Tuija Heikkinen is a textile designer and Arts and Crafts teacher from Rovaniemi, Finland. She crochets individual elements and arranges them into these very appealing compositions. The fibre artist is also proficient in sewing, knitting and embroidery examples of which can be seen on her Instagram account.
Images: Courtesy of Tuija Heikkinen.
Suzanne Sullivan is an Oregon-born ceramist now living and working in Brooklyn where she creates textile, jewelry, pottery, and ceramics. We love her ceramic pieces with its rough surfaces and contrasting geometric patterns. On The Star Whisperer she relates this about herself:
“I like the idea of the artist as a kind of design factory, prepared to tackle all kinds of issues, whether they be extraordinary or mundane.”
“I like the things in our every day world that are not mass-produced, things that have fingerprints on them. At home, I collect twigs and sticks and nests, special rocks, pieces of small nothings from the natural world, and a lot of times, my ceramics become vessels for these things.”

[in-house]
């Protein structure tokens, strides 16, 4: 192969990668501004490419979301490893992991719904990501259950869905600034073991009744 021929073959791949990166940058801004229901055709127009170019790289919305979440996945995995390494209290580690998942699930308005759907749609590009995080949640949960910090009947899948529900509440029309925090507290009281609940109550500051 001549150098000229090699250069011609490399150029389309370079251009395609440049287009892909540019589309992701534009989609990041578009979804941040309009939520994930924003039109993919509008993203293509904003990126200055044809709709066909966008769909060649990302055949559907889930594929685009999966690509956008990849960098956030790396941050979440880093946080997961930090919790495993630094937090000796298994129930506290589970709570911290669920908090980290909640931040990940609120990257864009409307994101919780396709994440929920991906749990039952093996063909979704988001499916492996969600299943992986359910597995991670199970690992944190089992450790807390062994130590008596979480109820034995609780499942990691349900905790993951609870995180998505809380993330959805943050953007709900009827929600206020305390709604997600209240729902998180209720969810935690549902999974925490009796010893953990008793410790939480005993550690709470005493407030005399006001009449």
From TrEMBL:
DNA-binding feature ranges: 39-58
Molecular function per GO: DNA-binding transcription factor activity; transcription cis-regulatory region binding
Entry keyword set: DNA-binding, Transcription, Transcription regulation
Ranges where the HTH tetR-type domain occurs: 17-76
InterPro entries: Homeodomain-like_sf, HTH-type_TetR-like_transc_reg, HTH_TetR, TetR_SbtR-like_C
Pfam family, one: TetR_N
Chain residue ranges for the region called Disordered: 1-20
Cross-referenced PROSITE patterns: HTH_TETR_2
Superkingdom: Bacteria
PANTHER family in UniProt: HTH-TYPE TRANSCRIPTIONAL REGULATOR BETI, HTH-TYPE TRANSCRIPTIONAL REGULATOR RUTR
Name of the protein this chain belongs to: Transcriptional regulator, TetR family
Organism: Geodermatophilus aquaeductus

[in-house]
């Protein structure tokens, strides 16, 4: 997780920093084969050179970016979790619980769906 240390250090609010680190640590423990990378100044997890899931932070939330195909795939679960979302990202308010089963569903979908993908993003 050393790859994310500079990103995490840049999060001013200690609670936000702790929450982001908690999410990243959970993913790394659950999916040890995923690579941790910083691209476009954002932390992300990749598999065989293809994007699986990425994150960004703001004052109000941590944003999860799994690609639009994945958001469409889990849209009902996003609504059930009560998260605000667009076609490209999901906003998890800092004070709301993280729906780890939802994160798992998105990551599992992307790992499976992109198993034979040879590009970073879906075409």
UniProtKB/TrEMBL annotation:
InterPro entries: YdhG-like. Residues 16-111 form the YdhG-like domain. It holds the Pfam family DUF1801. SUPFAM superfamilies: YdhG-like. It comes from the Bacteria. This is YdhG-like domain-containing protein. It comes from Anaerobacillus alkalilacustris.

You can follow the artist on Facebook and view more of her work on Instagram.
Images: Courtesy of Suzanne Sullivan.
Eight Hour Day (EHD) is the graphic design and illustration studio of Nathan Strandberg and Katie Kirk. We were first attracted to their black and white art print series of the zodiac signs and knew we had to feature their work. The Minneapolis-based husband and wife team works in close collaboration on most projects most particularly on branding. They give us a little insight on their role as designers on Grain Edit:
“As designers, we’re constantly looking, searching and evaluating the world around us: what’s working, what isn’t, how things could be better. During our initial mood-board and concept phases, these are the questions we always ask ourselves, directly or indirectly. Asking the right questions isn’t the same as relying on hard numbers, but I don’t feel like they are any less important. Plus, I feel if hard numbers, data spreadsheets and focus groups ran the world of design, I think it would be a pretty sad and boring place.”
You can follow this design team on their website, Instagram and Dribble. Prints on a few of their work are available for purchase on Etsy.
Images: Courtesy of Eight Hour Day.